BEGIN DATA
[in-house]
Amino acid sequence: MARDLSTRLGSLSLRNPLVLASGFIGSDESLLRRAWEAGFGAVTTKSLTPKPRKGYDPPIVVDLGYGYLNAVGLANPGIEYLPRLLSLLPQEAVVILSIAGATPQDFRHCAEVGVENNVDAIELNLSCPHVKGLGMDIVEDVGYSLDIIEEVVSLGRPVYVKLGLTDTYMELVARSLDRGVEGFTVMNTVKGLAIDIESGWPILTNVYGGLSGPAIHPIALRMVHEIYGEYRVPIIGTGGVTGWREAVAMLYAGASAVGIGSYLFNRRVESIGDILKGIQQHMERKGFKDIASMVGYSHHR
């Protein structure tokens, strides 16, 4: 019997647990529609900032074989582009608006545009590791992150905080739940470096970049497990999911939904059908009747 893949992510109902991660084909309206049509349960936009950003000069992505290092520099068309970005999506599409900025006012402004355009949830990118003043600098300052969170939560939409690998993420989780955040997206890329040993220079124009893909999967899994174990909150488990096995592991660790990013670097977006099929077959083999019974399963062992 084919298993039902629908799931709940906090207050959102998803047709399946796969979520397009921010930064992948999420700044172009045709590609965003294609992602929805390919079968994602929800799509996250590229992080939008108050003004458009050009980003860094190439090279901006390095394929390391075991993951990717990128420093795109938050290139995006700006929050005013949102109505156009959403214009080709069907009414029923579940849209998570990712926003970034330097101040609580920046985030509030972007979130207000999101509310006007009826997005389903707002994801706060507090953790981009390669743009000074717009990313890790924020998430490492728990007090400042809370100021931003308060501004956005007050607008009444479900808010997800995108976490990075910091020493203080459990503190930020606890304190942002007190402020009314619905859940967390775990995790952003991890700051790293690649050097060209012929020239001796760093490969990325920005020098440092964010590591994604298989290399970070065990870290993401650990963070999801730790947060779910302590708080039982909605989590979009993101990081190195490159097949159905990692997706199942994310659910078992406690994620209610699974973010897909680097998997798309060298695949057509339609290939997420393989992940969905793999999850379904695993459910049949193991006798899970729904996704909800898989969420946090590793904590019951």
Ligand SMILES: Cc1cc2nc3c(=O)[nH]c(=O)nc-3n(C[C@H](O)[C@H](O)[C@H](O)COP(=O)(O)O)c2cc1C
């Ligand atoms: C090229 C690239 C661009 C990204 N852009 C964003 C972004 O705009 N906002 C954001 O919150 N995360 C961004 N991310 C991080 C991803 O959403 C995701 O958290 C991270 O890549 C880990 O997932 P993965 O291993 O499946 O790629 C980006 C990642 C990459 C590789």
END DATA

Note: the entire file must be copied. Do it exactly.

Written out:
[in-house]
Amino acid sequence: MARDLSTRLGSLSLRNPLVLASGFIGSDESLLRRAWEAGFGAVTTKSLTPKPRKGYDPPIVVDLGYGYLNAVGLANPGIEYLPRLLSLLPQEAVVILSIAGATPQDFRHCAEVGVENNVDAIELNLSCPHVKGLGMDIVEDVGYSLDIIEEVVSLGRPVYVKLGLTDTYMELVARSLDRGVEGFTVMNTVKGLAIDIESGWPILTNVYGGLSGPAIHPIALRMVHEIYGEYRVPIIGTGGVTGWREAVAMLYAGASAVGIGSYLFNRRVESIGDILKGIQQHMERKGFKDIASMVGYSHHR
């Protein structure tokens, strides 16, 4: 019997647990529609900032074989582009608006545009590791992150905080739940470096970049497990999911939904059908009747 893949992510109902991660084909309206049509349960936009950003000069992505290092520099068309970005999506599409900025006012402004355009949830990118003043600098300052969170939560939409690998993420989780955040997206890329040993220079124009893909999967899994174990909150488990096995592991660790990013670097977006099929077959083999019974399963062992 084919298993039902629908799931709940906090207050959102998803047709399946796969979520397009921010930064992948999420700044172009045709590609965003294609992602929805390919079968994602929800799509996250590229992080939008108050003004458009050009980003860094190439090279901006390095394929390391075991993951990717990128420093795109938050290139995006700006929050005013949102109505156009959403214009080709069907009414029923579940849209998570990712926003970034330097101040609580920046985030509030972007979130207000999101509310006007009826997005389903707002994801706060507090953790981009390669743009000074717009990313890790924020998430490492728990007090400042809370100021931003308060501004956005007050607008009444479900808010997800995108976490990075910091020493203080459990503190930020606890304190942002007190402020009314619905859940967390775990995790952003991890700051790293690649050097060209012929020239001796760093490969990325920005020098440092964010590591994604298989290399970070065990870290993401650990963070999801730790947060779910302590708080039982909605989590979009993101990081190195490159097949159905990692997706199942994310659910078992406690994620209610699974973010897909680097998997798309060298695949057509339609290939997420393989992940969905793999999850379904695993459910049949193991006798899970729904996704909800898989969420946090590793904590019951």
Ligand SMILES: Cc1cc2nc3c(=O)[nH]c(=O)nc-3n(C[C@H](O)[C@H](O)[C@H](O)COP(=O)(O)O)c2cc1C
């Ligand atoms: C090229 C690239 C661009 C990204 N852009 C964003 C972004 O705009 N906002 C954001 O919150 N995360 C961004 N991310 C991080 C991803 O959403 C995701 O958290 C991270 O890549 C880990 O997932 P993965 O291993 O499946 O790629 C980006 C990642 C990459 C590789």